0
We're unable to sign you in at this time. Please try again in a few minutes.
Retry
We were able to sign you in, but your subscription(s) could not be found. Please try again in a few minutes.
Retry
There may be a problem with your account. Please contact the AMA Service Center to resolve this issue.
Contact the AMA Service Center:
Telephone: 1 (800) 262-2350 or 1 (312) 670-7827  *   Email: subscriptions@jamanetwork.com
Error Message ......
Caring for the Critically Ill Patient |

Critically Ill Patients With Severe Acute Respiratory Syndrome FREE

Robert A. Fowler, MD, MS; Stephen E. Lapinsky, MB, BCh, MSc; David Hallett, MSc; Allan S. Detsky, MD, PhD; William J. Sibbald, MD; Arthur S. Slutsky, MD; Thomas E. Stewart, MD; for the Toronto SARS Critical Care Group
[+] Author Affiliations

Author Affiliations: Interdepartmental Division of Critical Care Medicine (Drs Fowler, Lapinsky, Sibbald, Slutsky, and Stewart) and Departments of Medicine (Drs Fowler, Lapinsky, Detsky, Sibbald, Slutsky, and Stewart), Health Policy, Management, and Evaluation (Dr Detsky), and Anaesthesia (Dr Stewart), University of Toronto; Sunnybrook and Women's College Health Sciences Centre (Drs Fowler and Sibbald); Mount Sinai Hospital (Drs Lapinsky, Detsky, and Stewart and Mr Hallett); St Michaels Hospital (Dr Slutsky); and University Health Network (Drs Detsky and Stewart), Toronto, Ontario.


Caring for the Critically Ill Patient Section Editor: Deborah J. Cook, MD, Consulting Editor, JAMA


JAMA. 2003;290(3):367-373. doi:10.1001/jama.290.3.367.
Text Size: A A A
Published online

Context Severe acute respiratory syndrome (SARS) is a newly recognized infectious disease capable of causing severe respiratory failure.

Objective To determine the epidemiological features, course, and outcomes of patients with SARS-related critical illness.

Design, Setting, and Patients Retrospective case series of 38 adult patients with SARS-related critical illness admitted to 13 intensive care units (ICUs) in the Toronto area between the onset of the outbreak and April 15, 2003. Data were collected daily during the first 7 days in the ICUs, and patients were followed up for 28 days.

Main Outcome Measures The primary outcome was mortality at 28 days after ICU admission. Secondary outcomes included rate of SARS-related critical illness, number of tertiary care ICUs and staff placed under quarantine, and number of health care workers (HCWs) contracting SARS secondary to ICU-acquired transmission.

Results Of 196 patients with SARS, 38 (19%) became critically ill, 7 (18%) of whom were HCWs. The median (interquartile range [IQR]) age of the 38 patients was 57.4 (39.0-69.6) years. The median (IQR) duration between initial symptoms and admission to the ICU was 8 (5-10) days. Twenty-nine (76%) required mechanical ventilation and 10 of these (34%) experienced barotrauma. Mortality at 28 days was 13 (34%) of 38 patients and for those requiring mechanical ventilation, mortality was 13 (45%) of 29. Six patients (16%) remained mechanically ventilated at 28 days. Two of these patients had died by 8 weeks' follow-up. Patients who died were more often older, had preexisting diabetes mellitus, and on admission to hospital were more likely to have bilateral radiographic infiltrates. Transmission of SARS in 6 study ICUs led to closure of 73 medical-surgical ICU beds. In 2 university ICUs, 164 HCWs were quarantined and 16 (10%) developed SARS.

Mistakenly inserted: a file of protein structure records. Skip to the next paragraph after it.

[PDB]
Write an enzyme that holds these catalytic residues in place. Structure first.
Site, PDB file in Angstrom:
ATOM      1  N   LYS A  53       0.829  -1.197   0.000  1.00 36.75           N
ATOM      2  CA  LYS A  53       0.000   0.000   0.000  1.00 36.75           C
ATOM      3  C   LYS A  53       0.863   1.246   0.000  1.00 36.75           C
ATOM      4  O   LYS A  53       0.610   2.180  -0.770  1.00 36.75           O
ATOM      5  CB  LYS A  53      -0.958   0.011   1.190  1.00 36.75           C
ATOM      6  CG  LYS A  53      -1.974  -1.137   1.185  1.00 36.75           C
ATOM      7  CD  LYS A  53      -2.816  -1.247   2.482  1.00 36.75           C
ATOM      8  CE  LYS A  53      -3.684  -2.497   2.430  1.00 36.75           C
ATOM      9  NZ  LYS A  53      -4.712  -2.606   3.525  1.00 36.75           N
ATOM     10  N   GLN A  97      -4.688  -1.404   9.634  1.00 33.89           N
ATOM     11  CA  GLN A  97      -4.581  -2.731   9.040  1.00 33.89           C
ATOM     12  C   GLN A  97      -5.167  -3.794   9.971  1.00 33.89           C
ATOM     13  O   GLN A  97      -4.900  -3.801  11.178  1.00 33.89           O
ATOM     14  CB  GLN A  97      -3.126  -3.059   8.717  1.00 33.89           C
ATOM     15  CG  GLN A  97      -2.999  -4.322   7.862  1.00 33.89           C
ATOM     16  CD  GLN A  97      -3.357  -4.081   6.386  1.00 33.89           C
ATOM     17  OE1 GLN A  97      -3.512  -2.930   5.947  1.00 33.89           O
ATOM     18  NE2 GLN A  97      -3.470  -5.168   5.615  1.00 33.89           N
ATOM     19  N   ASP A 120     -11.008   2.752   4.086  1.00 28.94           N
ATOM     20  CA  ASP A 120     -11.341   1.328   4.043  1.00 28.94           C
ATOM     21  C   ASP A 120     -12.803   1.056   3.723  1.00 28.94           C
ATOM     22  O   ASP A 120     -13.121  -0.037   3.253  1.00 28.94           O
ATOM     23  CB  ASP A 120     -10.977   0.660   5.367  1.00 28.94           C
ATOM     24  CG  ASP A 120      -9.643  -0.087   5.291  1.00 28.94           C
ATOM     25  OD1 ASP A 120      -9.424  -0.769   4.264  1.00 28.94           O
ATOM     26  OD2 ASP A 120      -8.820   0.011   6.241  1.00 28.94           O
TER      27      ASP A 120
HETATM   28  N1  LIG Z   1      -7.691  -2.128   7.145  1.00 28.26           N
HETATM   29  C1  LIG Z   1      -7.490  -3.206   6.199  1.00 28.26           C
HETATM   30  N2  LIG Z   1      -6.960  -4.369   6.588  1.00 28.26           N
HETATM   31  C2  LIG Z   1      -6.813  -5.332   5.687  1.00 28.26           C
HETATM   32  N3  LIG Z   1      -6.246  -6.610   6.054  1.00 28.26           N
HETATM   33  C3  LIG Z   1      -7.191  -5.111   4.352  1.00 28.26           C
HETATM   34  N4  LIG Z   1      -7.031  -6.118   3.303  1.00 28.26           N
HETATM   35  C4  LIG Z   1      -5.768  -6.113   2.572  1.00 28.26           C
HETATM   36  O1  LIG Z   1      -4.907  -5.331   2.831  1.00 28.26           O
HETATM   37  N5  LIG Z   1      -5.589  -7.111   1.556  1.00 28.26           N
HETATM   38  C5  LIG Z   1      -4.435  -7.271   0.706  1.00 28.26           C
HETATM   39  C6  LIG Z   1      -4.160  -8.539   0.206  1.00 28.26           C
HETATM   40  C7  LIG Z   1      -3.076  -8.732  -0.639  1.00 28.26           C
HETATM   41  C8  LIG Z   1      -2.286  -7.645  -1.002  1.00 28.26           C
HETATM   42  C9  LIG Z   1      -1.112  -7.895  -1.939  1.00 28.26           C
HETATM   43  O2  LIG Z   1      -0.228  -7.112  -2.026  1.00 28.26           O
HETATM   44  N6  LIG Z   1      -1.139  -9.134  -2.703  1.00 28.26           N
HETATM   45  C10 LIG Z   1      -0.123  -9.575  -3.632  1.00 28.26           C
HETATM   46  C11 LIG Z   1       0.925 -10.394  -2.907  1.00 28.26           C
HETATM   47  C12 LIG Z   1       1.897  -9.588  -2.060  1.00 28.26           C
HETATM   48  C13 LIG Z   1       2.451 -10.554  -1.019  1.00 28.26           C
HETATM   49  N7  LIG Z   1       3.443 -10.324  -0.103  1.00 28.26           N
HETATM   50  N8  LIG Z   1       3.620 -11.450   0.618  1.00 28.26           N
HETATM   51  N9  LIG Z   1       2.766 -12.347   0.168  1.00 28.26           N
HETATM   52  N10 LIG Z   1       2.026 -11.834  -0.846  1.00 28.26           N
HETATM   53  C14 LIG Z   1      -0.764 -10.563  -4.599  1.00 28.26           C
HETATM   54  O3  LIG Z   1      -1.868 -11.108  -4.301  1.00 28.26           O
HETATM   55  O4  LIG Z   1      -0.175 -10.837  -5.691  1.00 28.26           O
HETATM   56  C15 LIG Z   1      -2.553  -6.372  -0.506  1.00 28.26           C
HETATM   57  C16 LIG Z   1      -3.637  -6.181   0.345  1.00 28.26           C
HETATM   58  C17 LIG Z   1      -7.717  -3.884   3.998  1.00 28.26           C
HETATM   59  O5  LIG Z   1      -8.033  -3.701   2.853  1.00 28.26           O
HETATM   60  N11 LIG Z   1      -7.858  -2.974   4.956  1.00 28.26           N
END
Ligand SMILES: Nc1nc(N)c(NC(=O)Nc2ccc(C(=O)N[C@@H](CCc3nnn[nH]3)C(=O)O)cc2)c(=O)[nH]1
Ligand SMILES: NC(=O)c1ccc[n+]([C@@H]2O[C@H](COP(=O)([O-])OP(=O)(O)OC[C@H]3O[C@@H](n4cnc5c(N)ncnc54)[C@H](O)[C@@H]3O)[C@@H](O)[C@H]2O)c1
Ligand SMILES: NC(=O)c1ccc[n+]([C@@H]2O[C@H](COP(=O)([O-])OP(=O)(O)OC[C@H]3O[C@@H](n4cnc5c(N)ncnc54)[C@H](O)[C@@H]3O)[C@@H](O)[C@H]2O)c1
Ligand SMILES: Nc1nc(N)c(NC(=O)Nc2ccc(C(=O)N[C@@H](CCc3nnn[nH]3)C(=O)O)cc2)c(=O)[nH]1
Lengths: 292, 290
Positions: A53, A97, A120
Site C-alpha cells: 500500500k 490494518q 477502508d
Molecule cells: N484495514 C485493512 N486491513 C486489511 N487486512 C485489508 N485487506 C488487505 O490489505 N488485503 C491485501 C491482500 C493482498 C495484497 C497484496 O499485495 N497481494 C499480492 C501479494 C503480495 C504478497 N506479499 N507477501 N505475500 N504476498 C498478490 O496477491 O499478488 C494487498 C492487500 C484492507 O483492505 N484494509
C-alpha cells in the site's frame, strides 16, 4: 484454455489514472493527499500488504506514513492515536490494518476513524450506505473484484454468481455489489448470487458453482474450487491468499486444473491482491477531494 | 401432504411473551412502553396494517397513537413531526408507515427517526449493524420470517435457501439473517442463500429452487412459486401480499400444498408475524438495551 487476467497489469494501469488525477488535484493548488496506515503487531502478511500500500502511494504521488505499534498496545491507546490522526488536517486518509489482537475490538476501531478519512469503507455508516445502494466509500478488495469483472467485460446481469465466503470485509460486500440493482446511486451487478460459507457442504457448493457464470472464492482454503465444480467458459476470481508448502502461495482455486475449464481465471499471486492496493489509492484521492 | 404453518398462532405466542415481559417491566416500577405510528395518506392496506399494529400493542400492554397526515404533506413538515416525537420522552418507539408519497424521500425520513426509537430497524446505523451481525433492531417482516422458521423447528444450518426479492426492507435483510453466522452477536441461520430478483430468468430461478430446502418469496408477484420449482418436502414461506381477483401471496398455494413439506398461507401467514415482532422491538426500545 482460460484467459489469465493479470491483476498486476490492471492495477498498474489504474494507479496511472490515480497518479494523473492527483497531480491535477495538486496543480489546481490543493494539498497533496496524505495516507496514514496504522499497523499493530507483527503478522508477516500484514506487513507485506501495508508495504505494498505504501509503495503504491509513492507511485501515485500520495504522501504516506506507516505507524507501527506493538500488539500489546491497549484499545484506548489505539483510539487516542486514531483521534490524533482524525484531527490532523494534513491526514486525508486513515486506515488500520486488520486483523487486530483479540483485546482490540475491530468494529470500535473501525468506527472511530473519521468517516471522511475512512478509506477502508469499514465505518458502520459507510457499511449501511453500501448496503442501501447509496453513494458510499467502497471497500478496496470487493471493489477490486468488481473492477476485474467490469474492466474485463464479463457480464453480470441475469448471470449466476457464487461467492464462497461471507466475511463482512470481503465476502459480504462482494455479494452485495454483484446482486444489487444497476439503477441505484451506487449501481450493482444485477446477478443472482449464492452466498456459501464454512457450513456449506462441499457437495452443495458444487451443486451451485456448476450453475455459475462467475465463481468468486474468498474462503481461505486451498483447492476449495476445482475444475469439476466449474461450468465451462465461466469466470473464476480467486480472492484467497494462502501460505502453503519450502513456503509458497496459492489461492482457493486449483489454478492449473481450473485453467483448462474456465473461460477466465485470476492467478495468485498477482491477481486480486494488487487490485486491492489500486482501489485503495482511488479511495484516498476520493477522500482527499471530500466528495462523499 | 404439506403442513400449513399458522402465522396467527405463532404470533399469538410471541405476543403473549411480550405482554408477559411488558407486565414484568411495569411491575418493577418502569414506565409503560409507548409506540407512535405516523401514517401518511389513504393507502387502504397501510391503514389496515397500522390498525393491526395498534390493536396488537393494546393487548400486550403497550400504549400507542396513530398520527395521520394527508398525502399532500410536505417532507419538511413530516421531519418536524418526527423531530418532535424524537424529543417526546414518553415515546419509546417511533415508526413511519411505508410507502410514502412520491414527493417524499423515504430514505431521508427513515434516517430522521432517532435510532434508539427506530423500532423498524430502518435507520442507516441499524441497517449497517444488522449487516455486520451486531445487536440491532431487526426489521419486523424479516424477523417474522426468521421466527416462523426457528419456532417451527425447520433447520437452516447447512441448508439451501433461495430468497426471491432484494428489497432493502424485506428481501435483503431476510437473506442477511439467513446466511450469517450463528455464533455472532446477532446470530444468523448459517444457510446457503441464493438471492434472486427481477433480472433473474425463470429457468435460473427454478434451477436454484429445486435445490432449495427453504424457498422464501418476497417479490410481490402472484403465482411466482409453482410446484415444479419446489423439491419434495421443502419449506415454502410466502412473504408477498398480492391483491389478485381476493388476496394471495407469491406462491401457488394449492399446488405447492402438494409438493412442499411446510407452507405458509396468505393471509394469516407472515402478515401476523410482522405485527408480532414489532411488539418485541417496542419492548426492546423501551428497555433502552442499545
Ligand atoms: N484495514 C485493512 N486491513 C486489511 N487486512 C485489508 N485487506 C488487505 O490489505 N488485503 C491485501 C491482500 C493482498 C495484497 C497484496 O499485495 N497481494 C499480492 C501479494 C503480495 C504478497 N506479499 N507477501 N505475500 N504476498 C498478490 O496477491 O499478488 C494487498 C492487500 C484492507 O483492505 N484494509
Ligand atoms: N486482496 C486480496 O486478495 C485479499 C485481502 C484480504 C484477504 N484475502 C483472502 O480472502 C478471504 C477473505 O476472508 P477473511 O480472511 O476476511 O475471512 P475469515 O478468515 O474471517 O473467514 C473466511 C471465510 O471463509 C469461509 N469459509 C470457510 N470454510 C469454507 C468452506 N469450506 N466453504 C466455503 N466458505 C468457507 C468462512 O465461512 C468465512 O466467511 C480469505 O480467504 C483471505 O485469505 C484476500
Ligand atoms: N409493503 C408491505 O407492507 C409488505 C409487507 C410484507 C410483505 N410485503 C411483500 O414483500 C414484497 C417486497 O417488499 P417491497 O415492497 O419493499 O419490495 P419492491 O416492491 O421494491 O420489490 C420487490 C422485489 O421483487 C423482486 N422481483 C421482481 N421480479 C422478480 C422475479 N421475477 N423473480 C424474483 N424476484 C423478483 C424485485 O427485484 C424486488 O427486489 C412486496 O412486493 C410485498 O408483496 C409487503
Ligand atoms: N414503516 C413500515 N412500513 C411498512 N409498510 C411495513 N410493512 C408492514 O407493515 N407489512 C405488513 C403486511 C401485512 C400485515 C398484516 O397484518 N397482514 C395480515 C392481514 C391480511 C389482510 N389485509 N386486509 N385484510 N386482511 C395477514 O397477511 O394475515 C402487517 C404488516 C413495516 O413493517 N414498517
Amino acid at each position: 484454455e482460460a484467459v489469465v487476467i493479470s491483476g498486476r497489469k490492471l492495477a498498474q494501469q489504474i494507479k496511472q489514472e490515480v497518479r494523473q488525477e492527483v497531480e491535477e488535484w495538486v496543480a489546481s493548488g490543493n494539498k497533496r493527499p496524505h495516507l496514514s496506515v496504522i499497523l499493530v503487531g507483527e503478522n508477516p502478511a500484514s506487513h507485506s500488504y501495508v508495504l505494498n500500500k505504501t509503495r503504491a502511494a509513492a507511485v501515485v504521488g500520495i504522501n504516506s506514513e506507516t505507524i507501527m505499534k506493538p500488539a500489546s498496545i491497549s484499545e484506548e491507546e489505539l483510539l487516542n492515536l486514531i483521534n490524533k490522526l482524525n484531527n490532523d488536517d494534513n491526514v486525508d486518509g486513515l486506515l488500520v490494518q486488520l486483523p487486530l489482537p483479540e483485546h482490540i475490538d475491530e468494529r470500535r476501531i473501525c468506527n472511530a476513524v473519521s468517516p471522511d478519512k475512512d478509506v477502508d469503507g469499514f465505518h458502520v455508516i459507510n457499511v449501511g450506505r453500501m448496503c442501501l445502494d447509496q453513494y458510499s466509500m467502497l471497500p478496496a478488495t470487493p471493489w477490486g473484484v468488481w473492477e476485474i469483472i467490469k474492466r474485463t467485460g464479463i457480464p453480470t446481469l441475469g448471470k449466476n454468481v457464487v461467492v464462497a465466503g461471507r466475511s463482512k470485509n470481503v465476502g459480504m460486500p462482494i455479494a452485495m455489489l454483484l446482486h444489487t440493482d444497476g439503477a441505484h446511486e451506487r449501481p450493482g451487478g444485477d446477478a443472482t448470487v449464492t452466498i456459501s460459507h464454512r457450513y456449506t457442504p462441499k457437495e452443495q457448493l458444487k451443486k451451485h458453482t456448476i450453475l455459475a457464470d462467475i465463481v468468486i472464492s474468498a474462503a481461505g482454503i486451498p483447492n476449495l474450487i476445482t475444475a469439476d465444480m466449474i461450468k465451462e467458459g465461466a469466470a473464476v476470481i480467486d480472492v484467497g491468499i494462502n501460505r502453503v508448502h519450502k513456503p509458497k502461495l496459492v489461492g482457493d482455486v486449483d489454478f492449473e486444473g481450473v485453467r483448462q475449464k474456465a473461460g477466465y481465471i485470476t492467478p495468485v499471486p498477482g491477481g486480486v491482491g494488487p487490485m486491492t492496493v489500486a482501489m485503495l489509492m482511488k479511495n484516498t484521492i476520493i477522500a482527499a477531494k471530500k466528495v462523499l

Conclusions Critical illness was common among patients with SARS. Affected patients had primarily single-organ respiratory failure, and half of mechanically ventilated patients died. The SARS outbreak greatly strained regional critical care resources.

Figures in this Article

Severe acute respiratory syndrome (SARS) is a newly recognized illness that has rapidly spread throughout Asia, North America, and Europe. As of June 9, 2003, 8241 people in 30 countries have developed SARS leading to 784 deaths.1 The morbidity and mortality associated with SARS has led to international concern.

The epidemiological findings and clinical presentation of SARS for the initial cases in Canada and Hong Kong have been described.25 SARS produces an acute respiratory illness with 23% to 32% of patients becoming critically ill.4,6 The burden of illness, clinical features, and outcome may be different from acute lung injury due to other etiologies. In addition, these outbreaks have caused a significant strain on the health care system by the influx of patients and the human resources issues related to quarantine and SARS infection in health care workers (HCWs).

The objectives of this study were to characterize the epidemiology, clinical characteristics, and 28-day outcomes of critically ill patients with SARS, and to evaluate the impact of SARS transmission from critically ill patients to HCWs. A better understanding of SARS-related critical illness will allow for improved resource planning and better protection of HCWs and may suggest effective interventions for the patients most seriously affected by SARS.

Study Design